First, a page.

I have no idea how I missed this, but both of these stories are from the pre-Cup soccer glut (circa January/February 2010).
Warning: enviro-content to follow, courtesy (by which I mean ripped from) Treehugger.
What do you get when you mix soil samples from Ghana, Ivory Coast, South Africa and Cameroon? Well, you get the color of the jerseys and shorts in Puma’s Africa Unity Kits, which will be used by African teams in the football events (what some call soccer) Nations Cup (through January 31 in Angola) and World Cup (June 2010 in South Africa) when they’re playing against a team whose colors clash.
-“African Soccer Team Jerseys by Puma will Promote Biodiversity at World Cup,” by Andrea Donky and Randy Boyer (from NaturallySavvy.com)
They’re kind of nice, hey, in a peaceful, lay-on-that-raft-chawing-straw-and thinkin’-thoughts sort of way. Hell, I’d even play soccer in them, but they ain’t fierce. They’d be a safe choice if colours clash.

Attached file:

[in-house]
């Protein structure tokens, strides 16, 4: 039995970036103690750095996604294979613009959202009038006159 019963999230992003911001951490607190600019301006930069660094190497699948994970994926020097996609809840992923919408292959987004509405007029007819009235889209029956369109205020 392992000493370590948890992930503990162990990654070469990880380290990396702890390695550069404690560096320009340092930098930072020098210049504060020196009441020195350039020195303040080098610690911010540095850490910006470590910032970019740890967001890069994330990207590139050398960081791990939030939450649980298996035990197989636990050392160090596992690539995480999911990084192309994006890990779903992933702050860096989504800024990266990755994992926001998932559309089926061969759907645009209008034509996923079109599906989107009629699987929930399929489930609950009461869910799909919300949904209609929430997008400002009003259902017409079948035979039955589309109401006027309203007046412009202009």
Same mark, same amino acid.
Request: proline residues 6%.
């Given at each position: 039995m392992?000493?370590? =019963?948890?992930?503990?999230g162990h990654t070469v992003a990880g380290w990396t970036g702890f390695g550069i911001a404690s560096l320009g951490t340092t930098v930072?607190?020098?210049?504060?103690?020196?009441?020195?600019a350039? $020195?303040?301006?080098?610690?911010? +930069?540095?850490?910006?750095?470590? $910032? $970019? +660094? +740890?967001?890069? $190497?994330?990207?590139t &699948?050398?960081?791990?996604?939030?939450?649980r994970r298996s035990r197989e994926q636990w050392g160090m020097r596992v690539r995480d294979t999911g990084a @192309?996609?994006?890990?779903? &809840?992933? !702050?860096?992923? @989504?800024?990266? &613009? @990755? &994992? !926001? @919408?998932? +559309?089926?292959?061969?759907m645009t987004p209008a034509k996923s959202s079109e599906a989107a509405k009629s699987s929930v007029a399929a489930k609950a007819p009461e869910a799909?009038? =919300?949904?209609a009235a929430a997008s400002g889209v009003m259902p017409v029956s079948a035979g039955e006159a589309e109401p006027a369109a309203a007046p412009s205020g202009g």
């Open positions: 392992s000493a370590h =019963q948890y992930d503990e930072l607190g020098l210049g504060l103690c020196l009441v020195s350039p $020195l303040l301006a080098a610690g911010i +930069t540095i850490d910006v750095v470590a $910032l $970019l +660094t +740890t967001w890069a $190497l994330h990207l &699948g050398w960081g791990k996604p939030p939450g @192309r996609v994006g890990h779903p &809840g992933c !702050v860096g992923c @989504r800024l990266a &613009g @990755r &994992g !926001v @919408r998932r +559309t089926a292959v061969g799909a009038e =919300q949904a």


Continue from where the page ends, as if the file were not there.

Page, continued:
Nike took a different approach to their sustainability imperative. I imagine the executive meeting:
Exec 1: (whispers in Exec 2’s ear)
Exec 2: OK, gentleman, Puma made dirt shirts. Thoughts?
In doing their part to help make the upcoming World Cup a bit greener, Nike has unveiled their official team jerseys–made from plastic bottles found in landfills. Players from Brazil, Portugal, and the Netherlands will be wearing the once-was-waste shirts, and millions of fans are expected to follow suit. For Nike, using the recycled plastic isn’t just a nice gesture to the environment; [it] takes 30 percent less energy to produce these eco-friendly shirts than with traditional materials.
– “Nike Creates World Cup Jerseys From Landfill Plastic,” by Stephen Messenger
Fiercer. I wonder if they’re scritchy.
How come we haven’t heard about either of these initiatives since the new year? Step up, multinationals!